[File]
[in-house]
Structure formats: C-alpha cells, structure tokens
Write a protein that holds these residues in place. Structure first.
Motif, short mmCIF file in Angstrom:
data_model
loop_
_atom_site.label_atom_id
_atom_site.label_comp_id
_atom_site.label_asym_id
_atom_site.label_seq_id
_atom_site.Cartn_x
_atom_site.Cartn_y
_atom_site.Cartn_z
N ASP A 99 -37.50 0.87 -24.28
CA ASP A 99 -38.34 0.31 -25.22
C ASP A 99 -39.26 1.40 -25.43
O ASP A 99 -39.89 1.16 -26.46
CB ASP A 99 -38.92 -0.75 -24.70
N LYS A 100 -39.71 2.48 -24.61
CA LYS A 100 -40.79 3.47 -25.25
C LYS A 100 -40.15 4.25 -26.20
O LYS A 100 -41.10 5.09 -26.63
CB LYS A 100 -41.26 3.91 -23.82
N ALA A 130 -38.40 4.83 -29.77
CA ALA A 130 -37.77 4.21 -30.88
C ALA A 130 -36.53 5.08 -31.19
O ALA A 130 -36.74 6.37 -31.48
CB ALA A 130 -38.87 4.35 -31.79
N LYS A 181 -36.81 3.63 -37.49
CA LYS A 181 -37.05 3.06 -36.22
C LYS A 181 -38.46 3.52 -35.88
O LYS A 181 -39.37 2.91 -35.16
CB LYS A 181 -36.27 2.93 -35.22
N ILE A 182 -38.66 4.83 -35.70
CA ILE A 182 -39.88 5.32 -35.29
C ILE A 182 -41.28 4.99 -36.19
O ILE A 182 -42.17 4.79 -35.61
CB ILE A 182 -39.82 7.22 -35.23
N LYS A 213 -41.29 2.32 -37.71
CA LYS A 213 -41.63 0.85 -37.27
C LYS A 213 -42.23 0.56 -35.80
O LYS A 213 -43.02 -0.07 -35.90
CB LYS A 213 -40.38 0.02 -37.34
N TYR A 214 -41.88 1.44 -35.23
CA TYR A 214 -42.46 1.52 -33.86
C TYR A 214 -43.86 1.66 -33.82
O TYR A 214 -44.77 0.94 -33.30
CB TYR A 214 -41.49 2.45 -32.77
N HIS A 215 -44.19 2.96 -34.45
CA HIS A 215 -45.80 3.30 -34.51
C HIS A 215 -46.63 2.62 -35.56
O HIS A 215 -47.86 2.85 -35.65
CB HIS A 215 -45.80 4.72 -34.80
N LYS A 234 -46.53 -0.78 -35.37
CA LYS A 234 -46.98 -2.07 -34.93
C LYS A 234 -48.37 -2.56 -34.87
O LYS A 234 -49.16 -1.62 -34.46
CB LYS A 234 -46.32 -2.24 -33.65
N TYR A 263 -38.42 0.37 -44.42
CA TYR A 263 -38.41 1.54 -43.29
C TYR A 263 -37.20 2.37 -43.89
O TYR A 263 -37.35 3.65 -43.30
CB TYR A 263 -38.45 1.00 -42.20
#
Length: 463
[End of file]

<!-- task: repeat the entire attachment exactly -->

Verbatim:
[in-house]
Structure formats: C-alpha cells, structure tokens
Write a protein that holds these residues in place. Structure first.
Motif, short mmCIF file in Angstrom:
data_model
loop_
_atom_site.label_atom_id
_atom_site.label_comp_id
_atom_site.label_asym_id
_atom_site.label_seq_id
_atom_site.Cartn_x
_atom_site.Cartn_y
_atom_site.Cartn_z
N ASP A 99 -37.50 0.87 -24.28
CA ASP A 99 -38.34 0.31 -25.22
C ASP A 99 -39.26 1.40 -25.43
O ASP A 99 -39.89 1.16 -26.46
CB ASP A 99 -38.92 -0.75 -24.70
N LYS A 100 -39.71 2.48 -24.61
CA LYS A 100 -40.79 3.47 -25.25
C LYS A 100 -40.15 4.25 -26.20
O LYS A 100 -41.10 5.09 -26.63
CB LYS A 100 -41.26 3.91 -23.82
N ALA A 130 -38.40 4.83 -29.77
CA ALA A 130 -37.77 4.21 -30.88
C ALA A 130 -36.53 5.08 -31.19
O ALA A 130 -36.74 6.37 -31.48
CB ALA A 130 -38.87 4.35 -31.79
N LYS A 181 -36.81 3.63 -37.49
CA LYS A 181 -37.05 3.06 -36.22
C LYS A 181 -38.46 3.52 -35.88
O LYS A 181 -39.37 2.91 -35.16
CB LYS A 181 -36.27 2.93 -35.22
N ILE A 182 -38.66 4.83 -35.70
CA ILE A 182 -39.88 5.32 -35.29
C ILE A 182 -41.28 4.99 -36.19
O ILE A 182 -42.17 4.79 -35.61
CB ILE A 182 -39.82 7.22 -35.23
N LYS A 213 -41.29 2.32 -37.71
CA LYS A 213 -41.63 0.85 -37.27
C LYS A 213 -42.23 0.56 -35.80
O LYS A 213 -43.02 -0.07 -35.90
CB LYS A 213 -40.38 0.02 -37.34
N TYR A 214 -41.88 1.44 -35.23
CA TYR A 214 -42.46 1.52 -33.86
C TYR A 214 -43.86 1.66 -33.82
O TYR A 214 -44.77 0.94 -33.30
CB TYR A 214 -41.49 2.45 -32.77
N HIS A 215 -44.19 2.96 -34.45
CA HIS A 215 -45.80 3.30 -34.51
C HIS A 215 -46.63 2.62 -35.56
O HIS A 215 -47.86 2.85 -35.65
CB HIS A 215 -45.80 4.72 -34.80
N LYS A 234 -46.53 -0.78 -35.37
CA LYS A 234 -46.98 -2.07 -34.93
C LYS A 234 -48.37 -2.56 -34.87
O LYS A 234 -49.16 -1.62 -34.46
CB LYS A 234 -46.32 -2.24 -33.65
N TYR A 263 -38.42 0.37 -44.42
CA TYR A 263 -38.41 1.54 -43.29
C TYR A 263 -37.20 2.37 -43.89
O TYR A 263 -37.35 3.65 -43.30
CB TYR A 263 -38.45 1.00 -42.20
#
Length: 463